Lifestyle diseases affect elites mostly

Letters, Normal

The National, Wednesday, April 27, 2011

THE government’s stance on life­style diseases has never been an issue.
However, with the Anglimp-South Waghi MP so vocal on the issue of lifestyle diseases, the government has seen fit to sanction the parliamentary committee on health and family to tour the country and gauge  views from the wider section of the community on the proposal to ban lamb flaps.
However, it is my view that it is the elites who fall victim to lifestyle diseases and not many common people.
To qualify this, let us do a simple comparison between our elites and common people.
The former hardly do any physical exercise as they are either stationed in the office, house or car all day long and do not even bother to take a stroll down the street to burn out excess fat and build-up of sugar level in the body.
With their bellies hanging out, they already have the mentality of the big man/woman.
They find it embarrassing to walk on the streets and gasping for breath each time they have to go up a slight slope.
They are the ones who are the prime candidates for lifestyle illnesses, not the common people.
There is no evidence to substantiate that lamb flap is the main contributing factor to lifestyle diseases.
There are a host of other contributing factors but when looking at the nutritional value of lamb flaps, more than 50% of the content is fat and it is not ideal for human consumption.
Yet, our government remained ignorant and Papua New Guinea became a cheap dumping ground for lamb flaps and other items.
For the common people, lamb flaps are the cheapest source of protein.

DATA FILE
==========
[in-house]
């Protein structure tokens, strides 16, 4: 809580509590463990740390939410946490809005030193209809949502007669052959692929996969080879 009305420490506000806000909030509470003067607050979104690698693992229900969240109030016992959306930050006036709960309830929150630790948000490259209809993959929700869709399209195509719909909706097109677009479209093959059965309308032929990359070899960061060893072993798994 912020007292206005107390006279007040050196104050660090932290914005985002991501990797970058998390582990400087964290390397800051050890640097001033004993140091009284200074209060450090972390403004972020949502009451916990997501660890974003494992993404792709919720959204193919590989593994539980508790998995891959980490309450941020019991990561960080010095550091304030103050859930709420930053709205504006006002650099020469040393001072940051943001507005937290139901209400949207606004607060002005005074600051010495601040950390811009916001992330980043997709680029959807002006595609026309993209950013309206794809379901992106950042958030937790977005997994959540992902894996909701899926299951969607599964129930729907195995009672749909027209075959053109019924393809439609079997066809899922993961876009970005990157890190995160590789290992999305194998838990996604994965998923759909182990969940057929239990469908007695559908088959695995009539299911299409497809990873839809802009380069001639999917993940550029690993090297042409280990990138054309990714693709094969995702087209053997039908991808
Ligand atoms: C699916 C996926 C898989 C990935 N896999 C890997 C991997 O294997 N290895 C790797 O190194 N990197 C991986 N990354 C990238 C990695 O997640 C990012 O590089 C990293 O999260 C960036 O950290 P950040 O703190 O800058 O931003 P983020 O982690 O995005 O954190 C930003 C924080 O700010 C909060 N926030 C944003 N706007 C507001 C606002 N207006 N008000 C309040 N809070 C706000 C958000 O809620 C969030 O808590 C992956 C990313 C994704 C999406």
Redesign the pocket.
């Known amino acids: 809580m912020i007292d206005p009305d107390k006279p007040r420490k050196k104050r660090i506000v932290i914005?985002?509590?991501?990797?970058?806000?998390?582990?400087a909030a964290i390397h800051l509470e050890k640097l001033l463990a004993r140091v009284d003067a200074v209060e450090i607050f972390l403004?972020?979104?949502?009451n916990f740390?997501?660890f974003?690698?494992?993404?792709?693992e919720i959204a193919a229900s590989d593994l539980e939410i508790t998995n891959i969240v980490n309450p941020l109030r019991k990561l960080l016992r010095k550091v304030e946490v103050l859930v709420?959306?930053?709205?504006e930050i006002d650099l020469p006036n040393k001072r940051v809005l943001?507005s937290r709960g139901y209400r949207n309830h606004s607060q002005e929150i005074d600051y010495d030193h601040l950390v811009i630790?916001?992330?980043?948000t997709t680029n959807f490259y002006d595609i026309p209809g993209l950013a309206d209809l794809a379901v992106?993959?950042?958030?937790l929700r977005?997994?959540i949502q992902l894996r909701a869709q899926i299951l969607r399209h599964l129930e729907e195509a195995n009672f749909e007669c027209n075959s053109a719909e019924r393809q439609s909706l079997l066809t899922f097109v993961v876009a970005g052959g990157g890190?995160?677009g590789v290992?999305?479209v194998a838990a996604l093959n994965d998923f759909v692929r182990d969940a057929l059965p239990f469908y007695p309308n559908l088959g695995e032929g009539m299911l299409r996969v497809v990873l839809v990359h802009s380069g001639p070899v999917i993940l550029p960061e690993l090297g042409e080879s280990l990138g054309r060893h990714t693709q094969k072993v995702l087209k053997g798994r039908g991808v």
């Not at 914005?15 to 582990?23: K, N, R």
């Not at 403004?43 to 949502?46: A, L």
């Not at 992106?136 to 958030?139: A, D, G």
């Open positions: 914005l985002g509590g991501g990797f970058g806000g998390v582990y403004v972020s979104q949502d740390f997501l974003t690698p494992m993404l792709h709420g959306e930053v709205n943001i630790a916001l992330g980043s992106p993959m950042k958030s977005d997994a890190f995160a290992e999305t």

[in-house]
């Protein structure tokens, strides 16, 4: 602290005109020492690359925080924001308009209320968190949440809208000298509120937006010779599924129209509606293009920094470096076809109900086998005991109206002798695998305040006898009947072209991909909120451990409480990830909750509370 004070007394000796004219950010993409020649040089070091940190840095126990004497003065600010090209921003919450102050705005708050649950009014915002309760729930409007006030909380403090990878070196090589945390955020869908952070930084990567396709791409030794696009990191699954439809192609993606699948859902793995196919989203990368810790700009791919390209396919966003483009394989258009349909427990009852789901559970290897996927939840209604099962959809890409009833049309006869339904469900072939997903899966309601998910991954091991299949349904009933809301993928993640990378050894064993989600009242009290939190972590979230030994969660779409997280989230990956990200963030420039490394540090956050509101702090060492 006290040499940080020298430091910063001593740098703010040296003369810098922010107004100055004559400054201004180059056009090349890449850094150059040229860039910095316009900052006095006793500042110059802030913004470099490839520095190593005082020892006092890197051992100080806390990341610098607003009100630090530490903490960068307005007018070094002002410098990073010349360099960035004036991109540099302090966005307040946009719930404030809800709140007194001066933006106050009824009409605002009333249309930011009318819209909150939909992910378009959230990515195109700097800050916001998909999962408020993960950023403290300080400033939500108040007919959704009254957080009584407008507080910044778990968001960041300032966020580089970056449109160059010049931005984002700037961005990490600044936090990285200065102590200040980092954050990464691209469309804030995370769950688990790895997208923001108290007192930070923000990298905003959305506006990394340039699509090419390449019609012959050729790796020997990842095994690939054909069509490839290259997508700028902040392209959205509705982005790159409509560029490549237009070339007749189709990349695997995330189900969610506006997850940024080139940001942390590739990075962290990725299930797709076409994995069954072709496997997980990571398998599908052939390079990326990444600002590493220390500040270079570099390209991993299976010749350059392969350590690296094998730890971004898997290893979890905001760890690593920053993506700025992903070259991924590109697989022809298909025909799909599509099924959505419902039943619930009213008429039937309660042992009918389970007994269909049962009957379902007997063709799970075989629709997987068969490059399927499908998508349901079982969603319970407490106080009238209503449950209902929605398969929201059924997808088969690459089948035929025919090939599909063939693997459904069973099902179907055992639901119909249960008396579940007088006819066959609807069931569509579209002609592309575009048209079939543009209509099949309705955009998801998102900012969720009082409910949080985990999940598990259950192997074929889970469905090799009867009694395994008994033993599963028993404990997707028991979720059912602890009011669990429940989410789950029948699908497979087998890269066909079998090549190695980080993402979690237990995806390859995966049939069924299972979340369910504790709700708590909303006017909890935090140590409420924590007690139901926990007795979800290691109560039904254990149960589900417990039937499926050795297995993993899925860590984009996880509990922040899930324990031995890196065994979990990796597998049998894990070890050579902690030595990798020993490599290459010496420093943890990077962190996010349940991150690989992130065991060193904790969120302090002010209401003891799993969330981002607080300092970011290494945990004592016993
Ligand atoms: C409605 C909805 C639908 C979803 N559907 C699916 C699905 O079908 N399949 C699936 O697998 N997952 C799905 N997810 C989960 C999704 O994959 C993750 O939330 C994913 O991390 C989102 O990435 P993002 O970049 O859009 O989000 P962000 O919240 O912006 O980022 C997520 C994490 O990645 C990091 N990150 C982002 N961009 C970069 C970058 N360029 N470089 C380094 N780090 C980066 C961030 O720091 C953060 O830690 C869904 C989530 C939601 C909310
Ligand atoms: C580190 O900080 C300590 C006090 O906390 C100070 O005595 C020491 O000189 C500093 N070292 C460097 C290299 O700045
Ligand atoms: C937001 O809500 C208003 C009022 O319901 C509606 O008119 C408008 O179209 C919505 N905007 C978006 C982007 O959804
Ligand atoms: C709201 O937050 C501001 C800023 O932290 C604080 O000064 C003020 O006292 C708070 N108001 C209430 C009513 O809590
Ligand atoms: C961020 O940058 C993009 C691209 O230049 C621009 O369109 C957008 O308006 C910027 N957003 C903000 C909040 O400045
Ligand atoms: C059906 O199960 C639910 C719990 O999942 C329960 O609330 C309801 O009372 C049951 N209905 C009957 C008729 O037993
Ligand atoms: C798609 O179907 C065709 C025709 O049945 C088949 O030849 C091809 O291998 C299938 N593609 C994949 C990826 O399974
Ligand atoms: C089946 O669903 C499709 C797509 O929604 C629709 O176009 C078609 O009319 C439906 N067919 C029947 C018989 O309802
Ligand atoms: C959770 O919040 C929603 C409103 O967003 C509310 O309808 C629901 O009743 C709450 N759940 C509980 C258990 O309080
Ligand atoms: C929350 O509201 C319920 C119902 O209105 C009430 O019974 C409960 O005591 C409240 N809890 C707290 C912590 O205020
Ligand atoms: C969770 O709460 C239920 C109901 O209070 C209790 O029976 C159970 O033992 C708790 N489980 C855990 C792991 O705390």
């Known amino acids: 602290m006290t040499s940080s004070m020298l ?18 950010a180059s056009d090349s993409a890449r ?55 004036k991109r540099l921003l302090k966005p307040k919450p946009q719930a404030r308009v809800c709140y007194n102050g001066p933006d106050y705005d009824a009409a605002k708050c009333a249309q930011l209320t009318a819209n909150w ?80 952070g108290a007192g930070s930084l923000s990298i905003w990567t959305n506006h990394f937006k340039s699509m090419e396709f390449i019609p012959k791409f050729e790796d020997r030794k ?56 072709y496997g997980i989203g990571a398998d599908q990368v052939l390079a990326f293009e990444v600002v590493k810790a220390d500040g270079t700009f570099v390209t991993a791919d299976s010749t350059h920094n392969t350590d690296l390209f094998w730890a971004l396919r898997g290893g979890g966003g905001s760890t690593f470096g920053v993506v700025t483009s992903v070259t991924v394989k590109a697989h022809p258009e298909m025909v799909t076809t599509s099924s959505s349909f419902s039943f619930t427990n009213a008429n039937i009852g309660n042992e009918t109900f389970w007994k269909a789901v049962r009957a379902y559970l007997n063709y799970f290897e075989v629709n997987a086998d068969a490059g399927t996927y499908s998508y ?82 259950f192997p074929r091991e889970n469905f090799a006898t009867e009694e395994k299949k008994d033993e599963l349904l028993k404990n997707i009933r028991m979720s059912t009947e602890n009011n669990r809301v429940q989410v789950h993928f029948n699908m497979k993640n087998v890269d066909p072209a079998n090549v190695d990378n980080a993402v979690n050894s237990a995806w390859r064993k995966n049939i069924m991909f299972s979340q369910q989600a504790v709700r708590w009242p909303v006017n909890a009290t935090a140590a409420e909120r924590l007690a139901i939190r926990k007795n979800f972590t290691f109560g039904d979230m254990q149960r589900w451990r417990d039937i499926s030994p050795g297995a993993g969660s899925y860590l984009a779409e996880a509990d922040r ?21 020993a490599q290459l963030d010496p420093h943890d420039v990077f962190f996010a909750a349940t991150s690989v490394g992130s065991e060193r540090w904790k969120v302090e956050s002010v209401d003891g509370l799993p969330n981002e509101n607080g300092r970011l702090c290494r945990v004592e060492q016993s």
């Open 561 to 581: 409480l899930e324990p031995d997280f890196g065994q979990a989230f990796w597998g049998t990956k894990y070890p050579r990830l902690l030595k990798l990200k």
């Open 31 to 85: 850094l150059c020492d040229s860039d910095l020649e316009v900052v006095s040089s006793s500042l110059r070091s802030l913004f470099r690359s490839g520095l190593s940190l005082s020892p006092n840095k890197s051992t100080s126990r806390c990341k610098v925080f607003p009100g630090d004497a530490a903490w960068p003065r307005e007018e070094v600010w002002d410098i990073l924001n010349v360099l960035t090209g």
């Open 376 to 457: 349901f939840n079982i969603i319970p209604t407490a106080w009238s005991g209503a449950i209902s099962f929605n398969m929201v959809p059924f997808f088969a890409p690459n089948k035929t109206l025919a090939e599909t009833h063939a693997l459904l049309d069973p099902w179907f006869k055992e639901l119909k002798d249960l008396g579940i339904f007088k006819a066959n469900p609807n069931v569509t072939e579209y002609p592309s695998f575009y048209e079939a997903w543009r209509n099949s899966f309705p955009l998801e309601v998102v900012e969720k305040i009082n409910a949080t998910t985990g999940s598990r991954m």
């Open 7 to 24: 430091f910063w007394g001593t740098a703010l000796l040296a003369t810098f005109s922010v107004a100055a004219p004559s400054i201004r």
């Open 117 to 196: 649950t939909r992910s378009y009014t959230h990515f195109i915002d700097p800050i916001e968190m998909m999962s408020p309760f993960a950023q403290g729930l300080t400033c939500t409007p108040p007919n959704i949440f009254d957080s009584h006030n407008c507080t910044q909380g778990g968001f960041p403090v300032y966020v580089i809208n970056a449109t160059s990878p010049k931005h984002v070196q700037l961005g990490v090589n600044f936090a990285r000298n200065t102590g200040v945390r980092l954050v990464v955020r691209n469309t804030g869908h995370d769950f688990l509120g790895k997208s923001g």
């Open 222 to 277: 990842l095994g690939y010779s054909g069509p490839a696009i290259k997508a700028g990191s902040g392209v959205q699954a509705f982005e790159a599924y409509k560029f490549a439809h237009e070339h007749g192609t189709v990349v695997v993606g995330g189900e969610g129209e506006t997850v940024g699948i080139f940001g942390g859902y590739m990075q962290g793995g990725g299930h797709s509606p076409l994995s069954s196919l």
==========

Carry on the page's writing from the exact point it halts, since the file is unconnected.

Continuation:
On the contrary, they are not the only source of protein we rely on.
We have fish, beef, chicken and goat, just to name a few.
If the government is worried about lifestyle diseases affecting people in the prime of their life, there are ways to overcome them: 
* Device an aggressive public awareness programme for mass education;
* Empower line agencies to execute stringent measures on food qua­lity control (on all fast food outlets from preparation through to packing and display for sale and ensure quality is maintained throughout the entire process of food preparation); 
* Impose hefty licence fees and tougher penalties for those who fail to comply with the food standard; and 
* If there are evidence to prove lamb flaps cause lifestyle diseases, then impose a ban.
Unless the government takes some tough measures for the long-term betterment of the people, lifestyle diseases will continue to create havoc and deprive the resourceful elites who can drive this country forward.
All these may be hypothesis but there is no doubt lifestyle disease is threatening members of the elite club.
If the way forward to save the people of PNG by legalising a ban on lamb flaps by introducing legislation in parliament, then so be it.


Nickson Waiyo
Via email